There was a time when the job of a CFO—the “chief financial officer”—was one of the most routine and mechanical functions in a corporation.
In times past, CFOs used to be little more than a gloried title for the boss of a company’s group of “bean counters.” He was in charge of keeping a company’s balance sheet and income statements looking good, and he basically sent financial resources in the direction where the chief executive officer (CEO) wanted them to go.
In other words, a CFO was once viewed largely as a traffic cop who directed the flow of money from one street to the other.
“Especially in today’s environment, the functions [of the CFO] have dramatically changed,” says Jaime Ysmael, who plays this role for Ayala Land Inc., the country’s largest real estate developer by market capitalization.
“A CFO no longer plays just the traditional role of bean counter or auditor—one whose only role is to safeguard the company’s finances.”
Indeed, the fast-evolving dynamics of the market—especially in the world of finance—dictate that the CFO’s role evolve along with it.
From being a company official in charge of looking at historical financial information, today’s CFO has to spend significantly more time looking forward and helping his boss, the CEO, get a better reading of the business landscape that looms ahead.
This is especially true for Ysmael who, as the head of Ayala Land’s vast finance group, has the role of ensuring that the risks associated with real estate projects with gestation periods that last years are matched seamlessly with the vagaries of the financial markets that move by the day. Or sometimes by the minute.
He is basically the chief risk manager for Ayala Land which is, in itself, a self-contained “conglomerate” composed of smaller real estate developers serving different market segments, along with their associated support firms—over 100 subsidiaries and affiliates for the property firm alone.
“The environment changes very rapidly, and today’s CFO has a vastly broader horizon to look at, both internally and externally,” Ysmael says. “It is a very challenging situation.”
But a close examination of the Ayala executive’s track record shows that he is well equipped to tackle such the challenges of managing billions of pesos of resources that course through the firm’s veins and arteries.
Ysmael is a 1980 summa cum laude accounting graduate of the University of the East. This landed him a job as a staff auditor with the country’s premier auditing firm Sycip, Gorres, Velayo & Co. The firm served as his springboard for a scholarship program at the University of Pennsylvania’s Wharton School, and later an executive education program with the University of Michigan’s business school.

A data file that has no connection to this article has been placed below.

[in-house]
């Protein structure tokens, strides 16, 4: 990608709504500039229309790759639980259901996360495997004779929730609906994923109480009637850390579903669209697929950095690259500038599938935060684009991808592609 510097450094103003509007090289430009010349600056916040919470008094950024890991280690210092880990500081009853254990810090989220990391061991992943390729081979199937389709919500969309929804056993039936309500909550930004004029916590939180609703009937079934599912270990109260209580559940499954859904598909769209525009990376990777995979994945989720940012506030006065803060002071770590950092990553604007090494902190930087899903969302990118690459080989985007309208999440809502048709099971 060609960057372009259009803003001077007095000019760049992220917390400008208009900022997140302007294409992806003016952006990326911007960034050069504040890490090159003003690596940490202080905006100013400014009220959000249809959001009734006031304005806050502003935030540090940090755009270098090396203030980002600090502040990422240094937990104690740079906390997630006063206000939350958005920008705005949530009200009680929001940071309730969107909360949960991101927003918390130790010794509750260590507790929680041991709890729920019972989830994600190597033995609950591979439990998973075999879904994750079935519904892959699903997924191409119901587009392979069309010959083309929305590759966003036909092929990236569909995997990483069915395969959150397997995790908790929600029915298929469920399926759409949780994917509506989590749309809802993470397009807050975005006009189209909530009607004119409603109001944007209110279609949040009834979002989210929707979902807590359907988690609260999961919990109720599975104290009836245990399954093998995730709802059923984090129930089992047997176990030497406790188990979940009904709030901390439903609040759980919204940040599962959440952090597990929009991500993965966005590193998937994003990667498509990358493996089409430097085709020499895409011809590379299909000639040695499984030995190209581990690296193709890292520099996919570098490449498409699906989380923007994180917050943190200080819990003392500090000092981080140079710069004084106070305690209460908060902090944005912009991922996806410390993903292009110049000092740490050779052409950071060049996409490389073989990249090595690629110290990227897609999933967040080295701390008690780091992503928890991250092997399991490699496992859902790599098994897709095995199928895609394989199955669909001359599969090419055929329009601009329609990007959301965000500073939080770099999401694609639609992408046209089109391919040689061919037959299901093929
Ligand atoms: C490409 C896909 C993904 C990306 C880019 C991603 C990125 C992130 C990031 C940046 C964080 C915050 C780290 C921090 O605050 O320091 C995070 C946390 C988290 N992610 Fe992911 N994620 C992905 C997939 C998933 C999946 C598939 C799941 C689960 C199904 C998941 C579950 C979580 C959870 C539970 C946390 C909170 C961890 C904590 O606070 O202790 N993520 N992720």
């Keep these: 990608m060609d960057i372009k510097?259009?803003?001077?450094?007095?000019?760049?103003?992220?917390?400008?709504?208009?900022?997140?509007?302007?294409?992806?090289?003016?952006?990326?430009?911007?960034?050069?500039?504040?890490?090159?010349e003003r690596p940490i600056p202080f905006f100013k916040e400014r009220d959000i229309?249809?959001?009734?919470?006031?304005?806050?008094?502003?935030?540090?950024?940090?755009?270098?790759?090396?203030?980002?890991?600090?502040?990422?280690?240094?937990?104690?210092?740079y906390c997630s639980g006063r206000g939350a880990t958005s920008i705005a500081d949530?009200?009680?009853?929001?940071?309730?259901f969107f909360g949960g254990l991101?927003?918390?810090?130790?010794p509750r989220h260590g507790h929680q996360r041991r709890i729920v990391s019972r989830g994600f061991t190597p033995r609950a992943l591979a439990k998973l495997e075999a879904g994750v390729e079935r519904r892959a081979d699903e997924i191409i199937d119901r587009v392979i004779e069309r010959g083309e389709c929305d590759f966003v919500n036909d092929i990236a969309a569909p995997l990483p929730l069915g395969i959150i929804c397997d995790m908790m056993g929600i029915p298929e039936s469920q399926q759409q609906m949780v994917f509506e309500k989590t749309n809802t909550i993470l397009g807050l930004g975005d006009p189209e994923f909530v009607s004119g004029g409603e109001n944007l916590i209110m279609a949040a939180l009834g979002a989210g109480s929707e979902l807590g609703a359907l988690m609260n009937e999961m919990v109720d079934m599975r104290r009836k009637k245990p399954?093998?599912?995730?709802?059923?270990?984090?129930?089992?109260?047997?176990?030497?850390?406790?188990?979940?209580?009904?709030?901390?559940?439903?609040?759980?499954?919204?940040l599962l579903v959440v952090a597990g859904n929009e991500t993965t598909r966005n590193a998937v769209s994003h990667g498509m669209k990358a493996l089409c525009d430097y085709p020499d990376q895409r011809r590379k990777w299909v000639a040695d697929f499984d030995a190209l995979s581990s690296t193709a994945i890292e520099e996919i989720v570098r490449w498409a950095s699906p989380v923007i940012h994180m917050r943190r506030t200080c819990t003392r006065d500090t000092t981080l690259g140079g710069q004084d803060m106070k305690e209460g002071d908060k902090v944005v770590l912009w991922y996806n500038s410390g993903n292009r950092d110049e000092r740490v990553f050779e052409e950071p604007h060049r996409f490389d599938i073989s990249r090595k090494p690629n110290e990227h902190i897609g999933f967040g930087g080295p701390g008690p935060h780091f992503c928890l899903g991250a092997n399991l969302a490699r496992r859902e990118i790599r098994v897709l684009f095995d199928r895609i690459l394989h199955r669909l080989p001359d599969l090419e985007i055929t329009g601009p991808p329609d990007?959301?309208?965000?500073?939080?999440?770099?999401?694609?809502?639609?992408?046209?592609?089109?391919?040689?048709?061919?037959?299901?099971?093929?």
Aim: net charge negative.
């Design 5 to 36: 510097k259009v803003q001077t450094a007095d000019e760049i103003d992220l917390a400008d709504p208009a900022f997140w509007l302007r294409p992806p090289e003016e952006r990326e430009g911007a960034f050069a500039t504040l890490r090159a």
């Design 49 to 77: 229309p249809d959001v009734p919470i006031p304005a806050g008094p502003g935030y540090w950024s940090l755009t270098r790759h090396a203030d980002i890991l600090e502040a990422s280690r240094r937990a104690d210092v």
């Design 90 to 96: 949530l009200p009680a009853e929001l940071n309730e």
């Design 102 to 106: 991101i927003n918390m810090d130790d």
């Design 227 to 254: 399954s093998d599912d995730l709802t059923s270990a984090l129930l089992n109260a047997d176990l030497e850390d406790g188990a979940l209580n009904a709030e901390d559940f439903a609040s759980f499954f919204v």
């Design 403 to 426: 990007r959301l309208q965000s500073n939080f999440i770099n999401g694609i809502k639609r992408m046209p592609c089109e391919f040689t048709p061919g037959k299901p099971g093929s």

“My foreign studies gave me a broad, international outlook,” he says, adding that his Wharton program even required him to learn a second language. He chose to learn Spanish—a language that would stand him in good stead with his future employer, the Ayala group, whose controlling family has its roots in Spain.
Armed with education from prestigious foreign universities and a cosmopolitan outlook, it did not take long for Ysmael to be noticed—and hired—by the country’s premier conglomerate.
He joined Ayala Corp. in 1991 as a division manager and quickly rose through the ranks, eventually being seconded to the group’s largest and most profitable arm—Ayala Land—in 1996 to serve as its CFO.
“In Ayala Land, I’m in charge of a lot of things, from the treasury group to planning and budgeting, to internal audit and even investor relations,” Ysmael says. “It’s an expanded role, beyond the usual roles of a traditional CFO.”
In many ways, his role in Ayala Land is that of a right-hand man to the CEO. And Ysmael—who was named the 2011 CFO of the Year by Dutch banking giant ING and the Financial Executives Institute of the Philippines—could serve as a model for the country’s other CFOs.
In his role as a risk manager, the CFO is no longer just a “bad cop” warning the CEO against the risks of taking the company in a certain direction. He is also a “good cop” who enables his CEO and the firm to go in new directions and give greater value to shareholders.
“A good CFO is a transformational CFO,” he says.
At Ayala Land, Ysmael is, at any given time, in charge of making sure that P30 billion of the company’s financial resources are directed to the unit that needs them. He believes that the external environment is about to get more challenging, as evidenced by the recently wild swings in the country’s stock and currency markets.
In facing the risks and challenges that the local corporate landscape is set to face in the near future, the country’s CFOs can look to Ysmael and learn a thing or two.